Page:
How Civil War Photography Changed War

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THE GIST

- Photography had been around for over 20 years before the Civil War, but its flowering began just before conflict broke out.

- Photography during the Civil War had a wide-reaching impact on the public's perception on everything from their leaders to the nature of warfare.

- Images of everyday life are also depicted for the first time in the Civil War.

We've all seen photographs of the Civil War: black-and-white images of bearded Union generals or mustachioed Confederate colonels posing to one side of the camera, dead bodies stacked on the battlefield or common soldiers around a camp tent.

Looking back 150 years to the start of the Civil War this month, what impact did photography have on the war? On the people who lived during the time? What do these images tell us today about the soldiers and their families?

Historians say that photography changed the war in several ways. It allowed families to have a keepsake representation of their fathers or sons as they were away from home. Photography also enhanced the image of political figures like President Lincoln, who famously joked that he wouldn't have been re-elected without the portrait of him taken by photographer Matthew Brady.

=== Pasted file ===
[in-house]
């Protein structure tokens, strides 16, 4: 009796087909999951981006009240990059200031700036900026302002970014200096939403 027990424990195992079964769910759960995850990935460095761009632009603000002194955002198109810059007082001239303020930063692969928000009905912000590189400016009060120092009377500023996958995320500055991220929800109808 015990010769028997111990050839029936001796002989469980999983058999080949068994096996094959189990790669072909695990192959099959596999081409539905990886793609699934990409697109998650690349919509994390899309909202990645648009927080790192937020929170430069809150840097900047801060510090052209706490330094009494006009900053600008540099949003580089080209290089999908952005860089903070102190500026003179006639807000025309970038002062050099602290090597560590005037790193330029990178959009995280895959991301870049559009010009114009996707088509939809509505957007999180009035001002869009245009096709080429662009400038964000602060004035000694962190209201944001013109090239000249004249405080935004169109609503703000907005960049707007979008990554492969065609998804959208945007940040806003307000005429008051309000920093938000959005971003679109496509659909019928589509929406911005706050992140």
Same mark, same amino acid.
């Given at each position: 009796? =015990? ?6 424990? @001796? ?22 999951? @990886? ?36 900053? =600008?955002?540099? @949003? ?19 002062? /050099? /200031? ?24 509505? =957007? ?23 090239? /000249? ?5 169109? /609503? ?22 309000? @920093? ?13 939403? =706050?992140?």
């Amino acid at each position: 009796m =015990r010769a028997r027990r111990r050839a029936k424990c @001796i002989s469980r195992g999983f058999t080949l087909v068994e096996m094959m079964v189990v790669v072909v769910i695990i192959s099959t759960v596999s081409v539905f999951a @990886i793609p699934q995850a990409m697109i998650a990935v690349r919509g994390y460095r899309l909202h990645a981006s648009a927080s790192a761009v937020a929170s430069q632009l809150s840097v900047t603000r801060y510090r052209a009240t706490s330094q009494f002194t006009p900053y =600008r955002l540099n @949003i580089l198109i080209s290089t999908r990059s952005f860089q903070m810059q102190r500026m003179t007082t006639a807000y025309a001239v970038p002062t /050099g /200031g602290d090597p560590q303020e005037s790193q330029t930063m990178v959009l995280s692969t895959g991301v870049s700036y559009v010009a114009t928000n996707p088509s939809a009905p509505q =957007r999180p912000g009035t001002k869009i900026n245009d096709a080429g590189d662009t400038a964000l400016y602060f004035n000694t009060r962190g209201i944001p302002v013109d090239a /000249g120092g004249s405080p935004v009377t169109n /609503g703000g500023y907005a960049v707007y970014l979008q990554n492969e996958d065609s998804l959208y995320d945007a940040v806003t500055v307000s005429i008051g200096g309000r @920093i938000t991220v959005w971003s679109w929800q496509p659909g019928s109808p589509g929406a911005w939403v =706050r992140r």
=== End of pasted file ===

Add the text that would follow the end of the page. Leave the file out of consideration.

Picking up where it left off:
Intense images of battlefield horrors were presented to the public for the first time at exhibits in New York and Washington, many later reproduced by engravings in newspapers and magazines of the time.

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"Mr. Brady has done something to bring home to us the terrible reality and earnestness of war. If he has not brought bodies and laid them in our dooryards and along the streets, he has done something very like it," wrote the New York Times on Oct. 20, 1862 about Brady's New York exhibit just a month after the bloody Battle of Antietam.

Photography had been around for over 20 years before the Civil War, but new techniques and commercialization led to its flowering just before conflict broke out. Bob Zeller, president of the Center for Civil War Photography in Abilene, Texas, says the invention of the tintype, which was a metal image, and the ambrotype, printed on glass, allowed for mass production of small photographs usually kept by families in wooden or glass cases.